Cycling legend Frankie Andreu breaks down the growing sport of cyclocross and dives into why the sport appeals to so many different types of athletes
It’s that time of year when the leaves change color, the weather cools off, and the days get shorter. It’s this same time of year when many cyclists transition from racing on the road to racing on the dirt and grass.
Getting muddy over a short period of time at a high intensity is everything that cycle cross is about. It’s about developing a skill level and technique that compliments your fitness and power.
The other elements of cycling are still there. Starting quickly, riding in a pack, fighting for position, and tactics are all part of the race. When you add the dirt, grass, bad weather, choice of equipment and running then you have a sport that is as different as it is the same.
"Cross is from the gun racing, super intense, and feels as though it’s anaerobic the entire time."
This year there are 38 UCI cross races in the U.S. with two being World Cup events. Cross has a larger list of UCI races than any other national calendar in cycling and its participants continue to grow in all category levels.
It’s appealing because it doesn’t take a ton of time away from the family, because the races are usually forty five minutes to one hour, it’s held on courses that wind and twist their way around one central area, it’s a closed course with no cars, and it’s quick, challenging and dynamic.
I’ve only ever done a couple of cyclocross races. The first one I did I actually used my mountain bike, I was already at a disadvantage, but it was a blast. It’s a different feeling being red lined the entire time and getting over the barriers and running up hills was fun because it was so different.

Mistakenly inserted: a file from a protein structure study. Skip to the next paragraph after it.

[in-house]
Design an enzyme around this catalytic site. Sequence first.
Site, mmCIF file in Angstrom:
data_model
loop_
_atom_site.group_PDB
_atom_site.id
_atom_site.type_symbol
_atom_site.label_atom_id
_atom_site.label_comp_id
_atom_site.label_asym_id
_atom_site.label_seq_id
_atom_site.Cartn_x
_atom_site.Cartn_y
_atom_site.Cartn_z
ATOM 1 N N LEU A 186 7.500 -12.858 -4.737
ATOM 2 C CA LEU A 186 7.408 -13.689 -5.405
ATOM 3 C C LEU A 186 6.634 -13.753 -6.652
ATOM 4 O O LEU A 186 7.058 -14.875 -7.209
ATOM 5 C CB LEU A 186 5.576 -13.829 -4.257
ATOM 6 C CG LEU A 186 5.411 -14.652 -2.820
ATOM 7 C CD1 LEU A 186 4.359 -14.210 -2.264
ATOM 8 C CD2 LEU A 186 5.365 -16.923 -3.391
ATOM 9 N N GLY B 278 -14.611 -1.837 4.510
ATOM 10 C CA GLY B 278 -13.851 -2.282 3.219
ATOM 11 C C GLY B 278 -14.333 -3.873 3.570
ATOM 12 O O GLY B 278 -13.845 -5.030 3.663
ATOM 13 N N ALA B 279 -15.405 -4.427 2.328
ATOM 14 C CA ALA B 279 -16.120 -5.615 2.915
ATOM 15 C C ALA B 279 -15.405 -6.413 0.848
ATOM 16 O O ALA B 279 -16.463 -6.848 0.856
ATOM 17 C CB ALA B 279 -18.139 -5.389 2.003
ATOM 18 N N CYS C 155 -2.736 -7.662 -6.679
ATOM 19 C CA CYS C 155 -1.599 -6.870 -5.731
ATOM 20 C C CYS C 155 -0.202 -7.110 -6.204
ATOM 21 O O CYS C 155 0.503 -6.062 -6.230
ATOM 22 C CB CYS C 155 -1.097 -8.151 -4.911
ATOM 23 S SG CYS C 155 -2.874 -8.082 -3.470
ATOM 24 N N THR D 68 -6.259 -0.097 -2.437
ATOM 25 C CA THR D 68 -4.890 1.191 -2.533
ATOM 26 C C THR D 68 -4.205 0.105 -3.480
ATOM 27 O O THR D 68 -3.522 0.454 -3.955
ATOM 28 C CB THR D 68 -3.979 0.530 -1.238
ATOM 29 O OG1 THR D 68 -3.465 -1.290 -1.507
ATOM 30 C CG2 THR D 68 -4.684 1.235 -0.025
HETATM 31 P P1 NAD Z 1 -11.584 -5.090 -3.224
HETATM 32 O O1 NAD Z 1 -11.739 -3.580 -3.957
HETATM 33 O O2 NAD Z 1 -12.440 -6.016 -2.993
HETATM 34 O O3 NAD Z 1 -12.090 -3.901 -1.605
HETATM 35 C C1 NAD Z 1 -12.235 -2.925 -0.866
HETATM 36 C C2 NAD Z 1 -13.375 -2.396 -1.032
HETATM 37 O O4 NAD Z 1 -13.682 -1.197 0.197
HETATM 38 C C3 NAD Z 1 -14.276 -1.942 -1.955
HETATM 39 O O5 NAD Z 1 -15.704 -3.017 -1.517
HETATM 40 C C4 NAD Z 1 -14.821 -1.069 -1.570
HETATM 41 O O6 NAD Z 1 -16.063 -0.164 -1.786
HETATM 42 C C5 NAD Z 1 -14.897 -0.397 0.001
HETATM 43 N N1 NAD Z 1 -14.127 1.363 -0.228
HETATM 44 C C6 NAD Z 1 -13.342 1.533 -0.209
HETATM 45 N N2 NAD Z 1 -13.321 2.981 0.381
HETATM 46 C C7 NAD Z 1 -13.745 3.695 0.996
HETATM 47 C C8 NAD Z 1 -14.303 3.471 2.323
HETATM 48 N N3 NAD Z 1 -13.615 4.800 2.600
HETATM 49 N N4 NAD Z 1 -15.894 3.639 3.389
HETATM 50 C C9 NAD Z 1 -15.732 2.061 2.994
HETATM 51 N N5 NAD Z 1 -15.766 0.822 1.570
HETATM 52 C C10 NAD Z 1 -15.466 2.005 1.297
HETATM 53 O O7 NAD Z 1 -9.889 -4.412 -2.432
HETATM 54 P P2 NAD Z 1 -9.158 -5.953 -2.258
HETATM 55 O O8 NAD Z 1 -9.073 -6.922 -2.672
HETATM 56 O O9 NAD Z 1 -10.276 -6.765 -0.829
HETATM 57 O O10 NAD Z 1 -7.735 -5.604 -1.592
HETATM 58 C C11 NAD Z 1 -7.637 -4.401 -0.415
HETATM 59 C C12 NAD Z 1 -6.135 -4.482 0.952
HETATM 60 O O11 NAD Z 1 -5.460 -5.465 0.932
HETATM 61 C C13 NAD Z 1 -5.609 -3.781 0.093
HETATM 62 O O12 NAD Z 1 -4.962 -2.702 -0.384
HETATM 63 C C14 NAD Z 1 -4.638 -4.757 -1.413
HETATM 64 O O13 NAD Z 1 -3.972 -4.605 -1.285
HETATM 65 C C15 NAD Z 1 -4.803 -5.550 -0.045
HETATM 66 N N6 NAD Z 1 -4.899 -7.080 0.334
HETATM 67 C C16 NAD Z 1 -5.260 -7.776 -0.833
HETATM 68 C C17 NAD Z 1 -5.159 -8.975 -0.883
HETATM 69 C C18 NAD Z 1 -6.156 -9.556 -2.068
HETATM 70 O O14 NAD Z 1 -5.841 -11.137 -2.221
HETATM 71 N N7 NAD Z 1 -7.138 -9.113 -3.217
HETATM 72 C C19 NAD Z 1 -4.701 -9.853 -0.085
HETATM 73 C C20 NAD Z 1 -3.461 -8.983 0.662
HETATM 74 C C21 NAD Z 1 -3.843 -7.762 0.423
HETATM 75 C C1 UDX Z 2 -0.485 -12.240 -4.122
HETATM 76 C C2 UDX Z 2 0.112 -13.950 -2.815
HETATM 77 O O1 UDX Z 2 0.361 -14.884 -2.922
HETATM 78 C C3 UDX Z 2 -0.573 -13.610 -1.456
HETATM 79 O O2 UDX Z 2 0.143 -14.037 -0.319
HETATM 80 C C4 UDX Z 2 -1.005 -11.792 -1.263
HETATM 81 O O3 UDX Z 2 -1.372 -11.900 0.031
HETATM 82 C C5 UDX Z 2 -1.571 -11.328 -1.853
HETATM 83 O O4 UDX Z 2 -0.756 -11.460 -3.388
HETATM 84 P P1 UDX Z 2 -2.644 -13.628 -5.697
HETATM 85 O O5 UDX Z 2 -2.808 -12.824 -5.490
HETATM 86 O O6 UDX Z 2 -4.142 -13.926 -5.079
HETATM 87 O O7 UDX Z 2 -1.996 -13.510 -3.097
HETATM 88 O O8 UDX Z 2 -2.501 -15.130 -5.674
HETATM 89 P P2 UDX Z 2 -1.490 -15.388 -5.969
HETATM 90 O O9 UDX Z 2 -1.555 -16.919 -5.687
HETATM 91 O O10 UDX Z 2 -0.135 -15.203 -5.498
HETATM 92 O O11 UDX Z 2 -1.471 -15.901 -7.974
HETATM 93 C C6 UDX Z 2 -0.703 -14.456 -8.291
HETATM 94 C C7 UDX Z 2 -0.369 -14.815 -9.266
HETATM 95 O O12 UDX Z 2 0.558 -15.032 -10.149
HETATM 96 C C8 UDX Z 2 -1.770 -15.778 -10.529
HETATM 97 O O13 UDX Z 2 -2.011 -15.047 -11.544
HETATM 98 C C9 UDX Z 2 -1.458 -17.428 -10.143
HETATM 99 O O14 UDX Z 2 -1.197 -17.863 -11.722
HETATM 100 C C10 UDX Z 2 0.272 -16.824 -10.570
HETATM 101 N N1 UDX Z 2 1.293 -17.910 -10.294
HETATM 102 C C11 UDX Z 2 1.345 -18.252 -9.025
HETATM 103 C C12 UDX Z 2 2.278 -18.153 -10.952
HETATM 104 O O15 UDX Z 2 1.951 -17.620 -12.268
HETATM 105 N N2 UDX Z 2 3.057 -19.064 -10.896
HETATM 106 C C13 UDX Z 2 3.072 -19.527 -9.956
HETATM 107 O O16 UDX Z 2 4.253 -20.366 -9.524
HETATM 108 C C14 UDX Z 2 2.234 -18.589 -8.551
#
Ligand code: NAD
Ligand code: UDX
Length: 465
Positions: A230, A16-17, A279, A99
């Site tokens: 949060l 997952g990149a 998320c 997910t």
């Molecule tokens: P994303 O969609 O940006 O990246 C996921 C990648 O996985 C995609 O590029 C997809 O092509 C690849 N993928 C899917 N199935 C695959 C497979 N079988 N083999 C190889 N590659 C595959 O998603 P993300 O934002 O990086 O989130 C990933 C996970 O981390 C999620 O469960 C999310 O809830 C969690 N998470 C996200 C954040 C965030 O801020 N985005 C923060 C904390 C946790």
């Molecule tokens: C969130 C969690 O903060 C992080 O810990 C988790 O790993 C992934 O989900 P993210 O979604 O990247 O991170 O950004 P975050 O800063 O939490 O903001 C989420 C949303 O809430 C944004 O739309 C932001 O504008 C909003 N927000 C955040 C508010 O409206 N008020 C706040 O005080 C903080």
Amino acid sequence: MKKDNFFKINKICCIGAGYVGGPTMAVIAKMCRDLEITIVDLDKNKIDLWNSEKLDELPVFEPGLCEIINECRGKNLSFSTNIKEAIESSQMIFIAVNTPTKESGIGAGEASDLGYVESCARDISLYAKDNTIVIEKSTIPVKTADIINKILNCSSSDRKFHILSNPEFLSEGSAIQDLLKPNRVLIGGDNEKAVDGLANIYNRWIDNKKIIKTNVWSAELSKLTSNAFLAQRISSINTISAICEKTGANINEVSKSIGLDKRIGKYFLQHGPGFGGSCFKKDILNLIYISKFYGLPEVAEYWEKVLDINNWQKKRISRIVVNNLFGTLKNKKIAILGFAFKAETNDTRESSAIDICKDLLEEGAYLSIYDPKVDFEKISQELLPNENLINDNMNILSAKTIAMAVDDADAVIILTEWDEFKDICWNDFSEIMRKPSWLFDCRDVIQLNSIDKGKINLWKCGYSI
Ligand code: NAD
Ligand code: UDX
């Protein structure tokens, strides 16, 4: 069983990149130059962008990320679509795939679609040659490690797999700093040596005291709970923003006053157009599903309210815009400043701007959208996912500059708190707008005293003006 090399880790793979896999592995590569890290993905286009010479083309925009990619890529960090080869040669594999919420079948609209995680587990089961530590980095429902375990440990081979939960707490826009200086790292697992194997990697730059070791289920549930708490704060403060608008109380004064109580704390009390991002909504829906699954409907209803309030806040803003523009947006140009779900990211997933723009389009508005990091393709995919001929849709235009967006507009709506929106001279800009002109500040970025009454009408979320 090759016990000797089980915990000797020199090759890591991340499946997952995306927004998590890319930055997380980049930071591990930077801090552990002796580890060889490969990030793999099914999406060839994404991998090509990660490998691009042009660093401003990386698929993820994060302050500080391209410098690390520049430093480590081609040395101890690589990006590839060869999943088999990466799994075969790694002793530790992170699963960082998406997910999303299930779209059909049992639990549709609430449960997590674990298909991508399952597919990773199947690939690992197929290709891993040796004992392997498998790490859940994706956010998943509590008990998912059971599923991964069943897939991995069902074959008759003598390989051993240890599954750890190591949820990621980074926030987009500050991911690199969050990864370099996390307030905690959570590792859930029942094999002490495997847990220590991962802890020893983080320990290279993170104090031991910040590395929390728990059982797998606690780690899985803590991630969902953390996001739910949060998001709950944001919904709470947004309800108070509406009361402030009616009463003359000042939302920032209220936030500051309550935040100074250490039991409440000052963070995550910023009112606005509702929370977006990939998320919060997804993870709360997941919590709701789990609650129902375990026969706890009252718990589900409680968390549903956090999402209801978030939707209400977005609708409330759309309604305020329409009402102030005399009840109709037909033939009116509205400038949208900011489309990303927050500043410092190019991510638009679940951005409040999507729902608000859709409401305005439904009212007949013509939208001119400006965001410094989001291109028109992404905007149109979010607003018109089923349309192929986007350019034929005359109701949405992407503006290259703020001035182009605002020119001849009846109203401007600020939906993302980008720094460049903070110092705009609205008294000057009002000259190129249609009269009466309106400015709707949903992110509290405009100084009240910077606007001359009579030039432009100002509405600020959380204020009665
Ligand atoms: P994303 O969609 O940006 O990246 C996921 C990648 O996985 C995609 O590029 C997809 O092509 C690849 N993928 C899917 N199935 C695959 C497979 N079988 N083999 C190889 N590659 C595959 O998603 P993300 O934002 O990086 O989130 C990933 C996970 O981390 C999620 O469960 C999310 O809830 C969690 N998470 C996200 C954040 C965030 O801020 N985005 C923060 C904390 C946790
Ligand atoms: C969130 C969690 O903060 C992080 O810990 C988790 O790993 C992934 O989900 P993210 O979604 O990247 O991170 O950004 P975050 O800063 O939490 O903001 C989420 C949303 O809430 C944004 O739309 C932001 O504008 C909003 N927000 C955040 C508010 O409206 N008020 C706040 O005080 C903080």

"When racing flat out you need the body firing on all cylinders. It’s not fun racing on a bloated stomach, getting cramps, or feeling depleted even though you know you ate a good breakfast."
The second time I raced I knew what to expect, I had a cross bike, but the technique and speed the riders could dismount and then ride again left me far behind. I had all the power and strength in the world but without the necessary cross skills I had no chance to win.
Cross is from the gun racing, super intense, and feels as though it’s anaerobic the entire time. If there was a nutrition product made for cross racing, it's Jet Fuel. Made for intensity it has a higher percentage of glucose and 125mg of caffeine for that extra needed kick.
When racing flat out you need the body firing on all cylinders. It’s not fun racing on a bloated stomach, getting cramps, or feeling depleted even though you know you ate a good breakfast. Jet Fuel eliminates those anaerobic symptoms and allows you to focus on jumping, running, and racing hard.
Cross is not only for the diehard racers. In fact the skills that you learn can help you with all of your cycling. It’s a great way to stay fit in the winter, teaches good bike handling, how to ride in pack, pedaling speed, increases power, and a host of other elements.
With so many events on the national level, and more on the local level, there are plenty of cross racers waiting for you to join them in the fun.
About the Author
Frankie Andreu is a retired professional cyclist and public personality. Frankie raced the Tour nine times, from 1992 to 2000, and captained the United States Postal Service team from 1998-2000. Today, Andreu continues to play a role in American cycling by mentoring the up and comers, as well as being one of the most recognized voices in the sport of cycling. Frankie also worked with INFINIT nutrition to create Custom Blends specifically designed to fuel for the specific demands of the biggest bike races in the world.